HMS Challenger Expedition (1872 to 1876) — The Greatest Scientific Venture of the 18th and 19th Century

HMS Challenger Expedition gave us exceptional baseline data for 21st century ocean warming evaluation. Average global ocean temperature change is  0.59 degrees C.

The Royal Society, University of Edinburgh and Mechiston Castle School sponsored the expedition around the globe to explore the deep oceans. Led by Captain George Nares, the expedition is credited with the foundation of oceanography.

The expedition sailed nearly 70,000 miles around the world, cataloged over 4,700 previously unknown species, made 133 bottom dredges, 151 open water trawls, 263 serial water temperature observations and 492 deep sea soundings. It was those 263 serial water temperature observations, where they sampled ocean temperature at multiple depths, that are so important.

The authors of this paper from the Scripps Oceanography Institute and the National Oceanography Centre in Southampton UK, have compared the modern Argo ocean sensing program data with the Challenger data that is now 135 years old. The Argo system is made up of about 3,000 free floating autonomous oceans sensors. These little floating robot sensors spend five years bobbing up and down in the ocean, taking its temperature and measuring its salinity then bobbing to the surface and uploading to a satellite.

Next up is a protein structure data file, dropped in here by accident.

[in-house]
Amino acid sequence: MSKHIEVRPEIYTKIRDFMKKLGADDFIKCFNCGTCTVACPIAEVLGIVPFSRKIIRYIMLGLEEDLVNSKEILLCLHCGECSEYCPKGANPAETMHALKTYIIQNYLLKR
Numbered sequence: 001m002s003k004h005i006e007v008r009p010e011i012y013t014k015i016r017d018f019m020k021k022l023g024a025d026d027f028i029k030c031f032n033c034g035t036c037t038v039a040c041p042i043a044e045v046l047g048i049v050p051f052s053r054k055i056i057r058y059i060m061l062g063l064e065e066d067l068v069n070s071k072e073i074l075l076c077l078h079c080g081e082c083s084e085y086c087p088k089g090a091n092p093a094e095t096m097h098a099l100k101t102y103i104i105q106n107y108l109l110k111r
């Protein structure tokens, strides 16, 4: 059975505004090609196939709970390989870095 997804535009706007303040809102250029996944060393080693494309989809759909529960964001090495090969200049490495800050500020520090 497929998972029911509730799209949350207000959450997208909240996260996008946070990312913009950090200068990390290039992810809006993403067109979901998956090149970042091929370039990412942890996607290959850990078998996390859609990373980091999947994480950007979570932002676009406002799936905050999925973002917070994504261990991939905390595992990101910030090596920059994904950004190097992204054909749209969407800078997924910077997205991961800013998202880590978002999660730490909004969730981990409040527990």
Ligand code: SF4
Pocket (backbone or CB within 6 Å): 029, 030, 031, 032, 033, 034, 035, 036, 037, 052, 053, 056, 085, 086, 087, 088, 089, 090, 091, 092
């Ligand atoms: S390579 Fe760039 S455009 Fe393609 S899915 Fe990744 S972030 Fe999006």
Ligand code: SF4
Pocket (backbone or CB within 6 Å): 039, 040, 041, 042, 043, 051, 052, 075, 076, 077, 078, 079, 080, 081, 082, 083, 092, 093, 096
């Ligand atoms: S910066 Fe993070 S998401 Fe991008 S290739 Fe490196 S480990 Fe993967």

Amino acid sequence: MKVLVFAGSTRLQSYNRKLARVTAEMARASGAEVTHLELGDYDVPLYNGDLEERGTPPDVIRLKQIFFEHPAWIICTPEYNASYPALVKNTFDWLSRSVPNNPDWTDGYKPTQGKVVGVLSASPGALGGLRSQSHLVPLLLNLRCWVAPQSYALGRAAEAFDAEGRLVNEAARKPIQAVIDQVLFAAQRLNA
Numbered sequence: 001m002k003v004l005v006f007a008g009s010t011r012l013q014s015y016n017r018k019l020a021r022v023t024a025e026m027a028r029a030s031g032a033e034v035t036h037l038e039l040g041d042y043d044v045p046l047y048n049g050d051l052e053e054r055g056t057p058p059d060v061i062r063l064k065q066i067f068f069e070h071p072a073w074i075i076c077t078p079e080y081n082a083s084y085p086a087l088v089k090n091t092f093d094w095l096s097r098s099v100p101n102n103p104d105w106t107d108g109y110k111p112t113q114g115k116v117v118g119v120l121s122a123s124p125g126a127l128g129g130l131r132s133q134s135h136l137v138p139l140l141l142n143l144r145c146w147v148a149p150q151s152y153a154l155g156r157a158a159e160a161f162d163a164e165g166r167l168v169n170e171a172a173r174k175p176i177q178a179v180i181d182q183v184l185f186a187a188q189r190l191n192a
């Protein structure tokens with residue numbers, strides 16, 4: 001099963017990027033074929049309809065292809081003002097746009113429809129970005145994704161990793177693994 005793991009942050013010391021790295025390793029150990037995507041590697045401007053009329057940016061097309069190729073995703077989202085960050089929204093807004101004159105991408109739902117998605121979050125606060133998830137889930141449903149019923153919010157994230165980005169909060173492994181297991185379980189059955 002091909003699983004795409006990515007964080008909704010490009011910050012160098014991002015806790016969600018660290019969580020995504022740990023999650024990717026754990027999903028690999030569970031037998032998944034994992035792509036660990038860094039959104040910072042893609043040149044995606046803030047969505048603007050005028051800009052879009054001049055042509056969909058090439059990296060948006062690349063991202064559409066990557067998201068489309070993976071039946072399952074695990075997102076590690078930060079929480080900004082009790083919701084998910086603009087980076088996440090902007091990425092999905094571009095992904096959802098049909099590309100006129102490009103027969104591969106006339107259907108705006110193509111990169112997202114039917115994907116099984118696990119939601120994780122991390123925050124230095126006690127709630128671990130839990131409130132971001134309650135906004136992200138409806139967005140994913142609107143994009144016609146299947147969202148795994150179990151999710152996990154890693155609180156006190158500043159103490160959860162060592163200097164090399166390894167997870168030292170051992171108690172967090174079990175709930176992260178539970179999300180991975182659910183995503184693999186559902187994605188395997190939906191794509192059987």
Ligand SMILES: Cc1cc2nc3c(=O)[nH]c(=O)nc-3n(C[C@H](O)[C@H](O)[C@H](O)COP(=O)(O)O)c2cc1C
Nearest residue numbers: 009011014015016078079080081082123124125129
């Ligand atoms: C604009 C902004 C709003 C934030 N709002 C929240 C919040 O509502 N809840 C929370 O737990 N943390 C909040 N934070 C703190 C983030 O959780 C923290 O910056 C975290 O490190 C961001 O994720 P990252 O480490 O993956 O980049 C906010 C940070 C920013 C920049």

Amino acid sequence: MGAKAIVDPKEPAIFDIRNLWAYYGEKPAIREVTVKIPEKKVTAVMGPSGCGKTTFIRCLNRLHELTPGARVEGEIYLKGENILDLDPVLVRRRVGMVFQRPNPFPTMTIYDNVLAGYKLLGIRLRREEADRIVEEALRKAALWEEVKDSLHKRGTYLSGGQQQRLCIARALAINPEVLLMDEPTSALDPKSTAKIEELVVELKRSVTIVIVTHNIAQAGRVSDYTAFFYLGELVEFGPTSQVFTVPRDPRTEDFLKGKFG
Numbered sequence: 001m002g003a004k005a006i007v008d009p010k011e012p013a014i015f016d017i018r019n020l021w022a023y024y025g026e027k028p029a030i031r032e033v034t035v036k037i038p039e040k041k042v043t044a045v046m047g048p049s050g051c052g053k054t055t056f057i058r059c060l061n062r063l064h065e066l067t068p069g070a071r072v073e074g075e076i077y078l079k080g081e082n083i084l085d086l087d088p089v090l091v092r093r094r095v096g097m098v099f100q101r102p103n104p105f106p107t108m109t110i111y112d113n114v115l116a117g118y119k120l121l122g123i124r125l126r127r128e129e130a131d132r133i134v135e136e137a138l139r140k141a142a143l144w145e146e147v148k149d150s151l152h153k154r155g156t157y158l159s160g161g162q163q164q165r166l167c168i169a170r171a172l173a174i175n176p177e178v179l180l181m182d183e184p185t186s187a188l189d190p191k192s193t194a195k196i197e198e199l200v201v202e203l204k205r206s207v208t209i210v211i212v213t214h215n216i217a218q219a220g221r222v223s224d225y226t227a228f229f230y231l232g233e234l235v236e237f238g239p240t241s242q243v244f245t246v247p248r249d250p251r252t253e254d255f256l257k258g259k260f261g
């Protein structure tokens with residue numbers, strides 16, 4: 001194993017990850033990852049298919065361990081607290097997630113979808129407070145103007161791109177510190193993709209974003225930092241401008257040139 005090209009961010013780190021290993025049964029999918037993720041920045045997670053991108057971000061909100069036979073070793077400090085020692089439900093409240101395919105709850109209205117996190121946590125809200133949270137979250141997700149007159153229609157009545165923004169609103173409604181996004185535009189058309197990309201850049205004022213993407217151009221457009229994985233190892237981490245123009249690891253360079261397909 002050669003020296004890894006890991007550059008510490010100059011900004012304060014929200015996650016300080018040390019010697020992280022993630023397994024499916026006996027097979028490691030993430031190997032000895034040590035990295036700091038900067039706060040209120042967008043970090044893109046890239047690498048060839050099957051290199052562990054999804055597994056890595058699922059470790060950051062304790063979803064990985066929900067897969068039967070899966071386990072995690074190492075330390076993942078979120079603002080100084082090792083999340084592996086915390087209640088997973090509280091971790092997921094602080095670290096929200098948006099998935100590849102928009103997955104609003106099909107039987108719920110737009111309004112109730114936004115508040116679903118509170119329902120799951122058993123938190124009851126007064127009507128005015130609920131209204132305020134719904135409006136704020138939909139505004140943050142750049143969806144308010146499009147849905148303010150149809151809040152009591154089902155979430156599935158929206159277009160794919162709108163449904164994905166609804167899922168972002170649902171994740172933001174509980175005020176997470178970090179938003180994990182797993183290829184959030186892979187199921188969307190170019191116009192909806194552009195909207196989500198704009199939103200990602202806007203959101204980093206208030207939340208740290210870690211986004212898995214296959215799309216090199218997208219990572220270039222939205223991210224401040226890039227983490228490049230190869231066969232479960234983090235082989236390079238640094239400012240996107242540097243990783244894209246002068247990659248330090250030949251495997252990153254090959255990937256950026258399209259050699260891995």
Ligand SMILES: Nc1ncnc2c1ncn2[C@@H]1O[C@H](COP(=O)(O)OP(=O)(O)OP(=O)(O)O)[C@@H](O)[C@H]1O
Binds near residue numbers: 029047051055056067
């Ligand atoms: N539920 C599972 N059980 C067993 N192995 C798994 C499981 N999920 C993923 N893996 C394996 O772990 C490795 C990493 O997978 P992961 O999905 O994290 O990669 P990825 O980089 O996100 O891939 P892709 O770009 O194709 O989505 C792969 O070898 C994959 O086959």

Because the oceans are riddled with the Argo floats, it is easy to compare the circuitous route of the Challenger as it traversed the world’s oceans to any number of Argo floats. This is a really clever thing to be doing today too because, as the authors of this paper remind us: “Since the 1960s about 90% of the excess heat added to the Earth’s climate system has been stored in the oceans. The ocean’s dominant role over the atmosphere, land, or cryosphere comes from its high heat capacity and ability to remove heat from the sea surface by currents and mixing.”

The results of the comparison shows a surface warming of 0.59 degrees C, and warming is widespread down to 5,900 feet below the surface. Warming is greater in the Atlantic (1 degree C) than the Pacific (0.41 degrees C). Other work has shown that our oceans cooled slightly at the end of the 19th century, so the warming identified in this work is estimated to start in about 1910.

Among other interesting and possibly useful things this evaluation has found is the Gulf Stream is farther north today than it was during the Challenger Expedition.

The route of the 1872 to 1876 Challenger Expedition (red and blue dots):

The HMS Challenger (William Frederick Mitchel):




Roemmich,135 years of global ocean warming between the Challenger expedition and the Argo Programme, Nature Climate Change, April 2012.